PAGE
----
When does 'religious freedom' become protected discrimination?
UPDATE: Arizona Gov. Jan Brewer has vetoed the controversial "religious liberty" bill. Read more here .
The campaign for unlimited "religious freedom" gained more ground yesterday when the Arizona legislature passed a bill  allowing businesses to refuse service to any customer if the business feels that serving that person would violate their religious beliefs. The bill follows an attempt in Kansas  to explicitly allow business owners to refuse service to same-sex couples and similar efforts in a number of other states , as the push to more broadly define the concept of religious liberty continues to spread across the nation.
In the Arizona bill, Reuters reports, "a business owner would have a defense against a discrimination lawsuit, provided a decision to deny service was motivated by a 'sincerely held' religious belief and that giving such service would have substantially burdened the exercise of their religious beliefs." Of course, the term "sincerely held religious belief" is problematic in that it can easily become an umbrella term that covers any of a person's beliefs.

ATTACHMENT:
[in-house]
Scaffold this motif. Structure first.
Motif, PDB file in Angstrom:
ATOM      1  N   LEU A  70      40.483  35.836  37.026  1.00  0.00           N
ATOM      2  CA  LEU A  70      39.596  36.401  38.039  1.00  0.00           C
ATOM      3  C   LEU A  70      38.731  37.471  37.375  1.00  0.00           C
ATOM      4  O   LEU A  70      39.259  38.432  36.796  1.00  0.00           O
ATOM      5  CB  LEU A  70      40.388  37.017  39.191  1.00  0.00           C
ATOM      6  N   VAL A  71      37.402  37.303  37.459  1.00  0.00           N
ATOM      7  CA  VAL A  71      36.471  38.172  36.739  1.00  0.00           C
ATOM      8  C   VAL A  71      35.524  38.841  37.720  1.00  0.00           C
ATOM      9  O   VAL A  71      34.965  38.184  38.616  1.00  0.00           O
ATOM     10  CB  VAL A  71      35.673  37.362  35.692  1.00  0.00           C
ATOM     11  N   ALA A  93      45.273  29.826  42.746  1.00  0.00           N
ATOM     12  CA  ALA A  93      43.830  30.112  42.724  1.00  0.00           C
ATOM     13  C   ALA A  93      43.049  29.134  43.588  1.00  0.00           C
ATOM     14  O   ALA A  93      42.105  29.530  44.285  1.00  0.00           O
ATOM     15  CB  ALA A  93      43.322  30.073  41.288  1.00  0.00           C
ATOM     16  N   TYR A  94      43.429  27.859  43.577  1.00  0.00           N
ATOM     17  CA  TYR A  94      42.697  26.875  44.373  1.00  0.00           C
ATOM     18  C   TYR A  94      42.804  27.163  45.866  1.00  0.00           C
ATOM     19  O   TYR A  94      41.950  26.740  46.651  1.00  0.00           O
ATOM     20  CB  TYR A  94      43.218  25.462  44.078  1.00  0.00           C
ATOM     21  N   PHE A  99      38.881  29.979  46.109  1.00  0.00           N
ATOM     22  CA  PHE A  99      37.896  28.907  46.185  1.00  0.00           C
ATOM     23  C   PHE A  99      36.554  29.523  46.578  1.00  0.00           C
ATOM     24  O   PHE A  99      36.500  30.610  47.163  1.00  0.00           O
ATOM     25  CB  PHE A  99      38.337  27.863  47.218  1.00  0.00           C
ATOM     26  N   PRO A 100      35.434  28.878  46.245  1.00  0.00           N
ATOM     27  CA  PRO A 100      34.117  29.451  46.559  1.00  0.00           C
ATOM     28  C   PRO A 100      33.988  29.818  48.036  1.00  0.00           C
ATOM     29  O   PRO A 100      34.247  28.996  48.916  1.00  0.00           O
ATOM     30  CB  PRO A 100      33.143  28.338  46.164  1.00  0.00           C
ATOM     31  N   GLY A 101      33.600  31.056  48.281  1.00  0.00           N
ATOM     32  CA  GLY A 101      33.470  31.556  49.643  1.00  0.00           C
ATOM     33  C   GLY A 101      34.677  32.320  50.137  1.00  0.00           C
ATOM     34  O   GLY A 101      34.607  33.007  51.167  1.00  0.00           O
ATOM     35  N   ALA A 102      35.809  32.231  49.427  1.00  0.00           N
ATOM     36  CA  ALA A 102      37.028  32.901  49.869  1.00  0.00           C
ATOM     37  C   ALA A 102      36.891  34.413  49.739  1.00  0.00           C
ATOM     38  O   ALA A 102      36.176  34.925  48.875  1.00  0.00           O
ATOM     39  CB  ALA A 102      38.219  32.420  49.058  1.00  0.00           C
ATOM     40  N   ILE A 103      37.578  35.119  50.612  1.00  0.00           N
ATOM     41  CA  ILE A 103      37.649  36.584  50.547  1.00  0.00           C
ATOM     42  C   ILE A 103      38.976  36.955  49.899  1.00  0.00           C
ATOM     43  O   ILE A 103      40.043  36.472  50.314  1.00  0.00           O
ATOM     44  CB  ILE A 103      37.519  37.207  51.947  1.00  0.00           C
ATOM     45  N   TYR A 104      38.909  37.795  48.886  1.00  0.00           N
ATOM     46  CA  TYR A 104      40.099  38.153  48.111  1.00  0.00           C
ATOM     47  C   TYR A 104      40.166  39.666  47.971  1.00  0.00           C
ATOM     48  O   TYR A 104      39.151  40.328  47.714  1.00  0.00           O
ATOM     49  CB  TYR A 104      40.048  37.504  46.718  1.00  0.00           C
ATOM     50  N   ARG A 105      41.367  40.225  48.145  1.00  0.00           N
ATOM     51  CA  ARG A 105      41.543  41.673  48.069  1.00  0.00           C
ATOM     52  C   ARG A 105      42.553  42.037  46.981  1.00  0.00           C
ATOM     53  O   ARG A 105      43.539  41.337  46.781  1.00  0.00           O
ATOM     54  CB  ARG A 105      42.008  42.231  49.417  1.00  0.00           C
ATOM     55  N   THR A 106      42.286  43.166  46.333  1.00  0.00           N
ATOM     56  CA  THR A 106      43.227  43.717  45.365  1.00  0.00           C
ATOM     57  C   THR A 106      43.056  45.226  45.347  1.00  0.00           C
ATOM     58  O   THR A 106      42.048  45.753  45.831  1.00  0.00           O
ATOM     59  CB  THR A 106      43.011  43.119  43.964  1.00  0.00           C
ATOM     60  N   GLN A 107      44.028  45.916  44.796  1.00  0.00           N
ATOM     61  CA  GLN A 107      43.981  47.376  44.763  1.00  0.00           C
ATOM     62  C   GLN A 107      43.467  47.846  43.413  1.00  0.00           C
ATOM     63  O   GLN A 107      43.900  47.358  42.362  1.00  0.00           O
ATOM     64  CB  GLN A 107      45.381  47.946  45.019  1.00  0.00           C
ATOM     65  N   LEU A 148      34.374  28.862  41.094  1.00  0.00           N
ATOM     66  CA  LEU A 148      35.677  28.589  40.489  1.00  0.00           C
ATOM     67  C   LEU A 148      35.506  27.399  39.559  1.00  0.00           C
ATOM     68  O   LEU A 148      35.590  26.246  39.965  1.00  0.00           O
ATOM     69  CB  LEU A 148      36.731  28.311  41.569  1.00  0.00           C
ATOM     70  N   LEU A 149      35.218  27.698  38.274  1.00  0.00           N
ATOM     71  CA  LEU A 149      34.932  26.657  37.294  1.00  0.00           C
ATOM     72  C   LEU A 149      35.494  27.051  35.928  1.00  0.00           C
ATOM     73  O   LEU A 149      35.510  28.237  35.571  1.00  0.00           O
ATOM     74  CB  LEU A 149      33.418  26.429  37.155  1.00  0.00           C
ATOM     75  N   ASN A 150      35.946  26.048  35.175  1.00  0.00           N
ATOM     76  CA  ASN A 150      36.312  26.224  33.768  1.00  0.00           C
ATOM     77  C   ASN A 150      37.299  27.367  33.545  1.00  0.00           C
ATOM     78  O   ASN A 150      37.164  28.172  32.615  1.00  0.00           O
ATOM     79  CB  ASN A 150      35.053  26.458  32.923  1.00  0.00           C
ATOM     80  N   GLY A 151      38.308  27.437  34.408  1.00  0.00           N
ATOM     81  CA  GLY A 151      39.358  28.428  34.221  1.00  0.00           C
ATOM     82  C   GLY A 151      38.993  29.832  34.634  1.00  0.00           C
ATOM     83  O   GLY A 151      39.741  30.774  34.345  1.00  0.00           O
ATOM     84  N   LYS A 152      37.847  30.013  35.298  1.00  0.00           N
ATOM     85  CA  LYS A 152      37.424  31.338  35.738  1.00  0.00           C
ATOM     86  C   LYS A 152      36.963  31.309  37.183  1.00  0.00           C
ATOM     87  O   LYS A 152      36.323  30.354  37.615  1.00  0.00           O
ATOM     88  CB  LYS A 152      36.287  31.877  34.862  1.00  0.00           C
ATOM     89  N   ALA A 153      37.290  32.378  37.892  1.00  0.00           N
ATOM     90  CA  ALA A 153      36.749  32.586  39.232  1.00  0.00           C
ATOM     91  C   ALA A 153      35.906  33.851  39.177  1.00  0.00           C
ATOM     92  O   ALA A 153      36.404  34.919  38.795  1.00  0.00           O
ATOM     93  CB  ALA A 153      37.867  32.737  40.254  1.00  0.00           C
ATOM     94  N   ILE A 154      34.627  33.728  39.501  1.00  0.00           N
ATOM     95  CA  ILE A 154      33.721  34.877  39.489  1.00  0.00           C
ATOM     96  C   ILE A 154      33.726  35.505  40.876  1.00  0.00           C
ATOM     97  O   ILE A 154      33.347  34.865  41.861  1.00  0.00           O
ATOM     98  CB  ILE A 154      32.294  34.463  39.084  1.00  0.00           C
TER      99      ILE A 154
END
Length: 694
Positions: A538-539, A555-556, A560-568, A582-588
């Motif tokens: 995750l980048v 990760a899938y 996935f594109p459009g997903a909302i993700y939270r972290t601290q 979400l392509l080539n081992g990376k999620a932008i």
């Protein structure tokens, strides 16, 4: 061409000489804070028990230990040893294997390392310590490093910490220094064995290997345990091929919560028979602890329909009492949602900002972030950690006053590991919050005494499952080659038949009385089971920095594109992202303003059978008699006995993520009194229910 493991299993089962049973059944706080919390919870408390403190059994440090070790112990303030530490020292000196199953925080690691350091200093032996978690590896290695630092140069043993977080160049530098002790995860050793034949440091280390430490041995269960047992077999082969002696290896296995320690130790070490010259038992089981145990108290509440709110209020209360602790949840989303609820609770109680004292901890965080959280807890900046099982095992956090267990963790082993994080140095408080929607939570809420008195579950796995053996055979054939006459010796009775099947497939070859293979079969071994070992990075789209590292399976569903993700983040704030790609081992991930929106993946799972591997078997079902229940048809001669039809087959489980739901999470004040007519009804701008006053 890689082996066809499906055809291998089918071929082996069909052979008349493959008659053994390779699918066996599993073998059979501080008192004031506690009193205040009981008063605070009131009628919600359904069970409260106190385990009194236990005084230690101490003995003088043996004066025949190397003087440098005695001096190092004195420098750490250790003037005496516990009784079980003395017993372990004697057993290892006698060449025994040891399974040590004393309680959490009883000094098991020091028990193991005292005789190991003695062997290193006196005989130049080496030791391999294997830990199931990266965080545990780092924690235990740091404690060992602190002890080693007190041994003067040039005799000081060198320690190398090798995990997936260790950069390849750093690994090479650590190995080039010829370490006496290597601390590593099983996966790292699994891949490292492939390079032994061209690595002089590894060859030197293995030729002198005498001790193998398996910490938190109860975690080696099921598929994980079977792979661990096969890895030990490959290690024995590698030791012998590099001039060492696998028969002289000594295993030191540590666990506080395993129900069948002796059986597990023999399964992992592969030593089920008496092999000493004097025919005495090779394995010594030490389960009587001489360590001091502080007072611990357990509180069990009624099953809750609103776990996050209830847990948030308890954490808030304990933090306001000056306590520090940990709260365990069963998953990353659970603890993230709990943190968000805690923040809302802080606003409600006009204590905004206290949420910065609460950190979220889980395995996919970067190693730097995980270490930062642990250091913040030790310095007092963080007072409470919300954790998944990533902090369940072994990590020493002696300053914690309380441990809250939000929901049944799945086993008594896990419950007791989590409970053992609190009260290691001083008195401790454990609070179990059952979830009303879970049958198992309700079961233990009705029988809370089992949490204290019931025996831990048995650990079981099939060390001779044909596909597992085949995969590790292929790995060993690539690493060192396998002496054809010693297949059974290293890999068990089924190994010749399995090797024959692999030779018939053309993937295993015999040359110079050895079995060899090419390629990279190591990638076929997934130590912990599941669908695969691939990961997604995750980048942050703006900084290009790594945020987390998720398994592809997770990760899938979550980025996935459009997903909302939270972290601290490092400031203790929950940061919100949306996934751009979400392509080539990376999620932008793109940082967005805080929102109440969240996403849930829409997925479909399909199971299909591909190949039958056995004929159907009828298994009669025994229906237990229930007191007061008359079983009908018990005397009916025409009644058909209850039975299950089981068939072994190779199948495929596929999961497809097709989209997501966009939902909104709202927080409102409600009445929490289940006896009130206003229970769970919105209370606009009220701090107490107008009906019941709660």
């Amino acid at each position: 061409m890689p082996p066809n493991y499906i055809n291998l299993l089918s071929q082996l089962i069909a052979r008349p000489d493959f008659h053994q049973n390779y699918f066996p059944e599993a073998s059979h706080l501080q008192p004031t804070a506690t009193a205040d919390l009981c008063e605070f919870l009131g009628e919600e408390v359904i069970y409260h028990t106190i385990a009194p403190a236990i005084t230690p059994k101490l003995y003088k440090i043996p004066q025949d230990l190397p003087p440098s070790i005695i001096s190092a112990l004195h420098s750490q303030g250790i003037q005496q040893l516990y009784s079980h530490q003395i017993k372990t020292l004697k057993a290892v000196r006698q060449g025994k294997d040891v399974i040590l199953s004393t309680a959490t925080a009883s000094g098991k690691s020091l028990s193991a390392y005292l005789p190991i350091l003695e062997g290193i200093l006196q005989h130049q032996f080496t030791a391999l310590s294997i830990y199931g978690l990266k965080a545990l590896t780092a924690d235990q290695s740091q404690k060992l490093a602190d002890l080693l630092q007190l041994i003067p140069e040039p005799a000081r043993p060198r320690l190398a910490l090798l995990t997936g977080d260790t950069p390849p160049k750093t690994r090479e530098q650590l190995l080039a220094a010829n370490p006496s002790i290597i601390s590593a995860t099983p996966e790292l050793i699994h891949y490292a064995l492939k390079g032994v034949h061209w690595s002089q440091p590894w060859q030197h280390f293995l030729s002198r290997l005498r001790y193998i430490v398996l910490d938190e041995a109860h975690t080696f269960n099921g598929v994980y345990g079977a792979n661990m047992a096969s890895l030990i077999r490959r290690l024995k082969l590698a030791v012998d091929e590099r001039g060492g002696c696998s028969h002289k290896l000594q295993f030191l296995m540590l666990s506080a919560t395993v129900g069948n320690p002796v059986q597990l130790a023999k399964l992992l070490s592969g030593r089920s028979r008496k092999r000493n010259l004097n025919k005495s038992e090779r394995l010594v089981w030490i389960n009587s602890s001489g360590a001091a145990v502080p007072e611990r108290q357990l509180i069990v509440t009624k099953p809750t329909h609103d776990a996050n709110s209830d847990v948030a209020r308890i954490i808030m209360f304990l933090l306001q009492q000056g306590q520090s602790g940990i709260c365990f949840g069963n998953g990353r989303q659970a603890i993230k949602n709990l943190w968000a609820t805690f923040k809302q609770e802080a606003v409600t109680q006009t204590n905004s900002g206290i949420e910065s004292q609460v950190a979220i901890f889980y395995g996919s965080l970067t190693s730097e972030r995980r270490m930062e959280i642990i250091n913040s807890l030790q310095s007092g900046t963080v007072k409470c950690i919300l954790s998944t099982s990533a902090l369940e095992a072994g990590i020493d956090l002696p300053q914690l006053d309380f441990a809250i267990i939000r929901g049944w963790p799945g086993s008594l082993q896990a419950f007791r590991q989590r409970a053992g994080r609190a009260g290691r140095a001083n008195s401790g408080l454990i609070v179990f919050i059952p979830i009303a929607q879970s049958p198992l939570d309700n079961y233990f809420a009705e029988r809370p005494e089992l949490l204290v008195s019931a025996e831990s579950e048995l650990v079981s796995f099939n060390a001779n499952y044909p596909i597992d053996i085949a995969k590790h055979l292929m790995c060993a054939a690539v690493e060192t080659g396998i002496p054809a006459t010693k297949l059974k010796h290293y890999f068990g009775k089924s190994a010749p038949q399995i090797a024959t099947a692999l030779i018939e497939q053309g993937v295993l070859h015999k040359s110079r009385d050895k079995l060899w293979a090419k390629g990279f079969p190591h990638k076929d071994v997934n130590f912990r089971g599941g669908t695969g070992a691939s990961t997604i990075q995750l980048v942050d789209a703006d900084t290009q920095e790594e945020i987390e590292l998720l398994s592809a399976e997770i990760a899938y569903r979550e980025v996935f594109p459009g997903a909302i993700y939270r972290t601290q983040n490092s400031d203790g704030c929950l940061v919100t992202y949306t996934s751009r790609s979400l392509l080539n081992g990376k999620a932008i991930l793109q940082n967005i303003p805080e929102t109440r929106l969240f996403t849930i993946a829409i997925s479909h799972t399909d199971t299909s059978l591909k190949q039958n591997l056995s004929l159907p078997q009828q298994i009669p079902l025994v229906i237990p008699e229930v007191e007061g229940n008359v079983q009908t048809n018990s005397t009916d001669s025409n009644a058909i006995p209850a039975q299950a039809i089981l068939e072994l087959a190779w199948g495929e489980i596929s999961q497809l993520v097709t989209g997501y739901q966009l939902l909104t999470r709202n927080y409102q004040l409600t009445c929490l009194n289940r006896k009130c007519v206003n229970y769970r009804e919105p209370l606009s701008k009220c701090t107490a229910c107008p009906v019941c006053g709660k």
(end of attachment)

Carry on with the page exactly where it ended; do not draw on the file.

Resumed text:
We know that many Catholics, for instance, "sincerely hold" beliefs that are not entirely aligned with the official teachings of the church. And what if you don't belong to a specific church, but you have your own set of "sincerely held" religious beliefs that aren't part of any organized religion? What if those beliefs involve denying service to people based on their ethnic background, their economic status, or their sex?
Critics of the Arizona law, and others like it, are quick to call such efforts a blatant attempt at legally protecting discrimination. Supporters say they're just protecting the First Amendment by letting people follow their religion without any interference.
The only problem with that argument is that, contrary to what some may try to claim, one person's individual right to the free exercise of religion has not always been unlimited. In 1982, Chief Justice Warren Burger wrote  in the Supreme Court's majority opinion of United States v. Lee that "not all burdens on religion are unconstitutional," particularly when it comes to the religious liberty of employers. And perhaps the most famous court decision limiting an individual's religious freedom came from Justice Antonin Scalia--a Catholic who has generally been known to defend his church's position in the public square--in the 1990 case of Employment Division v. Smith .
Of course these are complicated cases that define very specific aspects of First Amendment rights, but without getting into a detailed debate over constitutional law, there is clearly a precedent that an individual's rights under the free exercise clause can be limited. Do those limits prevent them from denying service to certain customers because of religious beliefs? That remains to be decided, but the current Supreme Court might give us some idea of their thinking on religious liberty limitations in their forthcoming decision in the Hobby Lobby case . And if bills like the one in Arizona become law, it is only a matter of time before one of them ends up being debated before the court.